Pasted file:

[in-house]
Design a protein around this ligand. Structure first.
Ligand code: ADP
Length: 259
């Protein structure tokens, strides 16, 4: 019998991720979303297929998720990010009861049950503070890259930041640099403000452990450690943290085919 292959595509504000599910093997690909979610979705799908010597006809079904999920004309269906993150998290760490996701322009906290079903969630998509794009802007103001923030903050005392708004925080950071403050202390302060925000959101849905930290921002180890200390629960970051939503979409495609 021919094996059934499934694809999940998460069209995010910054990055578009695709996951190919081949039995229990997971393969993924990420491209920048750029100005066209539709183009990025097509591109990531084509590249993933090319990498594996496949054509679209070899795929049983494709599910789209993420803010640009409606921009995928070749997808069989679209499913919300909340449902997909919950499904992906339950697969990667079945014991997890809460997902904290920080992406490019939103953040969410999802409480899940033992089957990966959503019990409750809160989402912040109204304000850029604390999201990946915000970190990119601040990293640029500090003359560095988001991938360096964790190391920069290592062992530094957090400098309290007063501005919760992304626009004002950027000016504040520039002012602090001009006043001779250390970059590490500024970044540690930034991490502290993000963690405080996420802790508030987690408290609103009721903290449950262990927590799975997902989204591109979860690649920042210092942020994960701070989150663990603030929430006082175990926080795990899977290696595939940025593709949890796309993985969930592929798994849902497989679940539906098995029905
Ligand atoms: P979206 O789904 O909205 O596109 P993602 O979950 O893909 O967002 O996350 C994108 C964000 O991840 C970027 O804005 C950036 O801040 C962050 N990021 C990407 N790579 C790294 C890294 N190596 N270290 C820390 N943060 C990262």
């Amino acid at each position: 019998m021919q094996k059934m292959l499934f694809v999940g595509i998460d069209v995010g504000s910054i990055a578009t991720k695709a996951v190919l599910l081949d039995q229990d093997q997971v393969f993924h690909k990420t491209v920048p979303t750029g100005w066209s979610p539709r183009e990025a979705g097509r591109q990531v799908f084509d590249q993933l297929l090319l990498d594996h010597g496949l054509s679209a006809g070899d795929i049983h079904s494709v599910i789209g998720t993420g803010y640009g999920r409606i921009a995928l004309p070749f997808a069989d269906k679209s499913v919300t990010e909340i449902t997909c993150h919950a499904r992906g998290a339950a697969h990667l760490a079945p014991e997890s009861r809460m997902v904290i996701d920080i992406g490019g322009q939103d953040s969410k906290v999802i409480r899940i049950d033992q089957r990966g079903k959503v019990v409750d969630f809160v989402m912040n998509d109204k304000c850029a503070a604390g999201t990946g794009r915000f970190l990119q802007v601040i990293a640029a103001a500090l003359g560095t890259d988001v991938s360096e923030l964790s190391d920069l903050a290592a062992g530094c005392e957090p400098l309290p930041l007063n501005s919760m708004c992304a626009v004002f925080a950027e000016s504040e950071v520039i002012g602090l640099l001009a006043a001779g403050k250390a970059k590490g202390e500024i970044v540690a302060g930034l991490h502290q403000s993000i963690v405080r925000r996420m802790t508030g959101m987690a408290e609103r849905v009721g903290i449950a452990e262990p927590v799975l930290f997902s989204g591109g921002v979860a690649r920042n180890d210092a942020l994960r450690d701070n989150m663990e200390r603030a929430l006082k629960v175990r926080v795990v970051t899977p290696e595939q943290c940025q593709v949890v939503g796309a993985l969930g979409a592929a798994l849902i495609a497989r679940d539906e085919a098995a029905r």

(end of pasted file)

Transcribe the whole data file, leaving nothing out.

[in-house]
Design a protein around this ligand. Structure first.
Ligand code: ADP
Length: 259
């Protein structure tokens, strides 16, 4: 019998991720979303297929998720990010009861049950503070890259930041640099403000452990450690943290085919 292959595509504000599910093997690909979610979705799908010597006809079904999920004309269906993150998290760490996701322009906290079903969630998509794009802007103001923030903050005392708004925080950071403050202390302060925000959101849905930290921002180890200390629960970051939503979409495609 021919094996059934499934694809999940998460069209995010910054990055578009695709996951190919081949039995229990997971393969993924990420491209920048750029100005066209539709183009990025097509591109990531084509590249993933090319990498594996496949054509679209070899795929049983494709599910789209993420803010640009409606921009995928070749997808069989679209499913919300909340449902997909919950499904992906339950697969990667079945014991997890809460997902904290920080992406490019939103953040969410999802409480899940033992089957990966959503019990409750809160989402912040109204304000850029604390999201990946915000970190990119601040990293640029500090003359560095988001991938360096964790190391920069290592062992530094957090400098309290007063501005919760992304626009004002950027000016504040520039002012602090001009006043001779250390970059590490500024970044540690930034991490502290993000963690405080996420802790508030987690408290609103009721903290449950262990927590799975997902989204591109979860690649920042210092942020994960701070989150663990603030929430006082175990926080795990899977290696595939940025593709949890796309993985969930592929798994849902497989679940539906098995029905
Ligand atoms: P979206 O789904 O909205 O596109 P993602 O979950 O893909 O967002 O996350 C994108 C964000 O991840 C970027 O804005 C950036 O801040 C962050 N990021 C990407 N790579 C790294 C890294 N190596 N270290 C820390 N943060 C990262």
């Amino acid at each position: 019998m021919q094996k059934m292959l499934f694809v999940g595509i998460d069209v995010g504000s910054i990055a578009t991720k695709a996951v190919l599910l081949d039995q229990d093997q997971v393969f993924h690909k990420t491209v920048p979303t750029g100005w066209s979610p539709r183009e990025a979705g097509r591109q990531v799908f084509d590249q993933l297929l090319l990498d594996h010597g496949l054509s679209a006809g070899d795929i049983h079904s494709v599910i789209g998720t993420g803010y640009g999920r409606i921009a995928l004309p070749f997808a069989d269906k679209s499913v919300t990010e909340i449902t997909c993150h919950a499904r992906g998290a339950a697969h990667l760490a079945p014991e997890s009861r809460m997902v904290i996701d920080i992406g490019g322009q939103d953040s969410k906290v999802i409480r899940i049950d033992q089957r990966g079903k959503v019990v409750d969630f809160v989402m912040n998509d109204k304000c850029a503070a604390g999201t990946g794009r915000f970190l990119q802007v601040i990293a640029a103001a500090l003359g560095t890259d988001v991938s360096e923030l964790s190391d920069l903050a290592a062992g530094c005392e957090p400098l309290p930041l007063n501005s919760m708004c992304a626009v004002f925080a950027e000016s504040e950071v520039i002012g602090l640099l001009a006043a001779g403050k250390a970059k590490g202390e500024i970044v540690a302060g930034l991490h502290q403000s993000i963690v405080r925000r996420m802790t508030g959101m987690a408290e609103r849905v009721g903290i449950a452990e262990p927590v799975l930290f997902s989204g591109g921002v979860a690649r920042n180890d210092a942020l994960r450690d701070n989150m663990e200390r603030a929430l006082k629960v175990r926080v795990v970051t899977p290696e595939q943290c940025q593709v949890v939503g796309a993985l969930g979409a592929a798994l849902i495609a497989r679940d539906e085919a098995a029905r």